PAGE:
It’s difficult to know how to categorise D.G. Hogarth. A scholar and a gentleman, an archaeologist and a diplomat, a polyglot linguist and a museum director, a wartime lieutenant-commander in the navy and agent of British Intelligence, a student of Flinders Petrie and a teacher of T.E. Lawrence, and the author of six books which we have just reissued, one of which, A Wandering Scholar in the Levant, was described by Lawrence as ‘one of the best travel books ever written’.
Hogarth was born in 1862, and educated at Winchester and Magdalen College, Oxford, where he obtained a double first with no apparent effort, and was also an outstanding athlete. It was a time before specialization in archaeology, and scholars like Wallis Budge and Flinders Petrie worked on sites and carried out surveys all over the Levant. Hogarth first took part in excavations in Cyprus, where a fellow student was M.R. James – who seems to have found libraries more congenial in later life – and where Hogarth admitted that none of the ‘scholars’ had any idea of what they were doing. But before that, he had joined the epigraphist W.M. Ramsay (who later worked with Gertrude Bell on the Thousand and One Churches) at Smyrna (Izmir) for the first of many expeditions seeking out lost classical or pre-classical sites in Asia Minor and buying (where feasible) or copying inscribed stones from the often bemused and suspicious peasants in whose house walls ancient masonry was frequently embedded.
Travel in the Levant at the end of the nineteenth century was no picnic, with bad roads, unpleasant food, problems with water and illness in the party just as problematic as they had been nearly a century earlier for John Morritt – indeed, they may have been worse, because a frequent comment of Hogarth’s is on the extent to which the Ottoman road network, which had been a marvel to earlier western travellers, was now fallen into complete decrepitude, along with most other aspects of the central government of the ‘sick man of Europe’.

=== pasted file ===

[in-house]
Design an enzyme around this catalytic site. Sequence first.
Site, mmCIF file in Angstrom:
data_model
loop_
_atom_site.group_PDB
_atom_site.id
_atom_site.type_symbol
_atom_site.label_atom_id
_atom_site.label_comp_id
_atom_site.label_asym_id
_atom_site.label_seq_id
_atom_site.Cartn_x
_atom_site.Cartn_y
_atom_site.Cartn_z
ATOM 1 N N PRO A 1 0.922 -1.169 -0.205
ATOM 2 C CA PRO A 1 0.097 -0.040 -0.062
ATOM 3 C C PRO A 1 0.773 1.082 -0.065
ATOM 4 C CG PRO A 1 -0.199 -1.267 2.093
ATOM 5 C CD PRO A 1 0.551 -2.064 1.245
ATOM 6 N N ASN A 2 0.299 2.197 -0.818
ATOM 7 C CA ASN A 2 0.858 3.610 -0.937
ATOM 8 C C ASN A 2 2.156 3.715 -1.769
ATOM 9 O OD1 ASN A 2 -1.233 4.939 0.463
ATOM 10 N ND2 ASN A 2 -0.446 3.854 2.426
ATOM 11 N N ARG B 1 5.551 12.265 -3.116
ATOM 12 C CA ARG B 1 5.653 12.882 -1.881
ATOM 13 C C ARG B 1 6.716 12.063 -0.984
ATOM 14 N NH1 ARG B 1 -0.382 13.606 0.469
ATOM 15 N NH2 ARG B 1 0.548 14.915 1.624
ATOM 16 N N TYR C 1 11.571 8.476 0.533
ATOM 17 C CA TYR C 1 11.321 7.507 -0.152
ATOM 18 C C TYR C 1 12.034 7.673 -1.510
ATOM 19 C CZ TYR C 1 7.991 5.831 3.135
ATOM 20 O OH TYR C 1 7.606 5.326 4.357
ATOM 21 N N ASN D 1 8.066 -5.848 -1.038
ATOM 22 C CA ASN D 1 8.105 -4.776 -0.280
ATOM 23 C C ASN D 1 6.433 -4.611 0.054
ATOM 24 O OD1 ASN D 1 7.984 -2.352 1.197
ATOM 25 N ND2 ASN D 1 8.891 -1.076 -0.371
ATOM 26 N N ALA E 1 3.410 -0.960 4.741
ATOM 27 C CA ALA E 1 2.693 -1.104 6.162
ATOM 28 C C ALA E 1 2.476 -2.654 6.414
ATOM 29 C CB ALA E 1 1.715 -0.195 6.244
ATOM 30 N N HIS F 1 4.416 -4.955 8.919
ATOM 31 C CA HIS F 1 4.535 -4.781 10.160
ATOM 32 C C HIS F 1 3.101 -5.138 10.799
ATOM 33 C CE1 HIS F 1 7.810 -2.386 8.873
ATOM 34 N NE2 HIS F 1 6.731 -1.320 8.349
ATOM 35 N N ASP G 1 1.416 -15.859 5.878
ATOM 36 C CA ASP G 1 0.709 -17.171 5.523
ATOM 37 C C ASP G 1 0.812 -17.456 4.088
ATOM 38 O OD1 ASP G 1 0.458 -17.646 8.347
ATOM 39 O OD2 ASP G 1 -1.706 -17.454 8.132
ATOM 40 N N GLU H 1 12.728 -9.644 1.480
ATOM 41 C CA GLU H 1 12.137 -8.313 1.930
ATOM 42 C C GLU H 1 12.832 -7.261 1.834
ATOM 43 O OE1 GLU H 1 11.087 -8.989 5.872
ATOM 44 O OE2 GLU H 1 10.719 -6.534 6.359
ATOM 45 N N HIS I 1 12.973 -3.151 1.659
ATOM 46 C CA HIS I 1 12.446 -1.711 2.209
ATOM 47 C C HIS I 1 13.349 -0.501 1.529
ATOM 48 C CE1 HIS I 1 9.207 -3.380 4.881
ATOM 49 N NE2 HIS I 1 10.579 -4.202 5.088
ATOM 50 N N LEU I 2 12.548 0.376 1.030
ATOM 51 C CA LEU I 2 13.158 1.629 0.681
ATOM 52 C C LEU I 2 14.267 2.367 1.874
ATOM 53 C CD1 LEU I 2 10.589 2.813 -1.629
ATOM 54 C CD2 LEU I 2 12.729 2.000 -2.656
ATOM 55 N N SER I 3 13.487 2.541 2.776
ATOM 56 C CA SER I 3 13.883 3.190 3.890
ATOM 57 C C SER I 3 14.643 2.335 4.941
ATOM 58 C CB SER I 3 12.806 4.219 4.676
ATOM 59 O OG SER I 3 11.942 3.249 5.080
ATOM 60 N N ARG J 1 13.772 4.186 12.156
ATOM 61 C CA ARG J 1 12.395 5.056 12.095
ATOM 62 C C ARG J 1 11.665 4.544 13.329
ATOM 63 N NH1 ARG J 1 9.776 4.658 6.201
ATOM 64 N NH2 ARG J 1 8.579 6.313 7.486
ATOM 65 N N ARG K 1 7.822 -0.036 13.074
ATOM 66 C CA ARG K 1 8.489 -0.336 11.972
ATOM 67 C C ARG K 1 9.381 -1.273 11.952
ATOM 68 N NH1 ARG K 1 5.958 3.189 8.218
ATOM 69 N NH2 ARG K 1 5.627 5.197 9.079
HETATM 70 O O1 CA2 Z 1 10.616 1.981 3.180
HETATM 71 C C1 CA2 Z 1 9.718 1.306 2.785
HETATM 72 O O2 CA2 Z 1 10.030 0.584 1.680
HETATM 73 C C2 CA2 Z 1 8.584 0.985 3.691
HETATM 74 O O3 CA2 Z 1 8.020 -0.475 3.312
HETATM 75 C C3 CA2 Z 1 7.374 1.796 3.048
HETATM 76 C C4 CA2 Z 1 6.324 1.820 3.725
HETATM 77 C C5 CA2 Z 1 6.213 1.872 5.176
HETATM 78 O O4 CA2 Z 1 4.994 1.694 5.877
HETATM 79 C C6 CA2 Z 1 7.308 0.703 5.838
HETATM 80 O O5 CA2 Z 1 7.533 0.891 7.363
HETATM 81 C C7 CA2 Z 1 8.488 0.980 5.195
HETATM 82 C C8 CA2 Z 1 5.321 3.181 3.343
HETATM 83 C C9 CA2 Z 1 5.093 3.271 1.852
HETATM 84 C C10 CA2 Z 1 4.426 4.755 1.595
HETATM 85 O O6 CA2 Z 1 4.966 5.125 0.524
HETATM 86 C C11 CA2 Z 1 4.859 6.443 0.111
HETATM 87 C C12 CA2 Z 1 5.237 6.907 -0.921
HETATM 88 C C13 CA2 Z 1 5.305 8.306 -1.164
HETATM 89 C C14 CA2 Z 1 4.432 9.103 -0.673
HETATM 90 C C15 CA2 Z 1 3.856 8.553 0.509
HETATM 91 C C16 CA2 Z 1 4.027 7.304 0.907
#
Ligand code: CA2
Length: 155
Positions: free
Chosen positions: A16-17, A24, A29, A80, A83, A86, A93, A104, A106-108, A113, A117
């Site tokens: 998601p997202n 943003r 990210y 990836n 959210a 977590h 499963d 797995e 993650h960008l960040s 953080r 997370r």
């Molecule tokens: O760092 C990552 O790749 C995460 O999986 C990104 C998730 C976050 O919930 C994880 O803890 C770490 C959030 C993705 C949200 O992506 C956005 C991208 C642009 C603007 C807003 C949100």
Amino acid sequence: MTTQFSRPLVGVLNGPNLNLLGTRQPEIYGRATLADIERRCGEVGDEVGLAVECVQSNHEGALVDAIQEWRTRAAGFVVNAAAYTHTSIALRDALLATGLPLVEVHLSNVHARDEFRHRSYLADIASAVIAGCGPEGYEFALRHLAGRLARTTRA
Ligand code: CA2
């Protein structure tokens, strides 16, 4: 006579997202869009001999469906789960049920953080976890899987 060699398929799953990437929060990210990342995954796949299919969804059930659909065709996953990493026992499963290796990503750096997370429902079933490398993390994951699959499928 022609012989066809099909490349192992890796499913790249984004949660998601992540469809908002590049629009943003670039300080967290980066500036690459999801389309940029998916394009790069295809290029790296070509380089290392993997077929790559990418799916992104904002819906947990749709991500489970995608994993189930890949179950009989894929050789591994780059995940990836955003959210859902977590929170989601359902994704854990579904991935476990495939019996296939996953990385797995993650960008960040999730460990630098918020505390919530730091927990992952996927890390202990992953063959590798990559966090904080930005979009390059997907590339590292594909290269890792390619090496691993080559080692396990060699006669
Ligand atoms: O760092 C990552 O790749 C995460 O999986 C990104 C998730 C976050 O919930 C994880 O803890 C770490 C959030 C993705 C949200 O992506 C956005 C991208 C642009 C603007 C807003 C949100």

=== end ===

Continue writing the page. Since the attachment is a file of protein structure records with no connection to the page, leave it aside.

However, this first trip, as the apprentice of the master epigraphist of his age, set a pattern for Hogarth’s life: excavation, publication, travel (always with an antiquarian purpose) and more publication. The self-deprecation of his writing (especially in Accidents of an Antiquary’s Life) should not disguise the serious scholarly achievements of his career, not least the thorough excavation of the cave of Psychro in Crete, the sanctuary of Dictaean Zeus.
But in parallel with his scholarly career, Hogarth took a keen interest in the politics of the contemporary eastern Mediterranean. He had taken the opportunity, when appointed Director of the British School of Archaeology at Athens in 1897, to travel to Crete as a war correspondent for The Times, and on the outbreak of the First World War, he was recruited to naval intelligence, putting on hold his keepership of the Ashmolean Museum at Oxford for the duration. Part of his work was advisory, but he seems also to have been involved in interrogating Turkish prisoners, and from 1916, he was effectively running the Arab Bureau in Cairo, dealing not only with the gathering and dissemination of intelligence but also with the planning for the post-war emergence of new nations from the wreck of the Ottoman Empire. He attended the Versailles and Sèvres peace conferences, but, like Lawrence and Bell, was deeply pessimistic about the settlements achieved.
Hogarth returned to Oxford in 1919. Almost to the end of his life (he died in 1927), he continued to work on his many archaeological interests, returning especially to the Hittite inscriptions which had intrigued him on his first journeys in Asia Minor.
The other books we have reissued are: Devia Cypria (1889), a description of his travels in the less explored parts of Cyprus (the title of which ‘has deceived more than once, I am told, sanguine buyers of Erotica’); The Nearer East (1902), a survey of the area from the Balkans to Iran, including north-east Africa, which discusses geology, climate, and communication routes, as well as population distribution, ethnicity, and agriculture, and includes prescient observations about the conflicts of geography and ethnicity; The Penetration of Arabia (1904), which again combined his antiquarian and political interests in a survey of ‘the development of western knowledge concerning the Arabian Peninsula’; and Ionia and the East (1909), a series of lectures on the origin of the culture of the Ionian city states. But for a fascinating insight into the attitudes (and prejudices) of a highly intelligent and learned English scholar and explorer, start with A Wandering Scholar in the Levant and Accidents of an Antiquary’s Life: you will not be disappointed.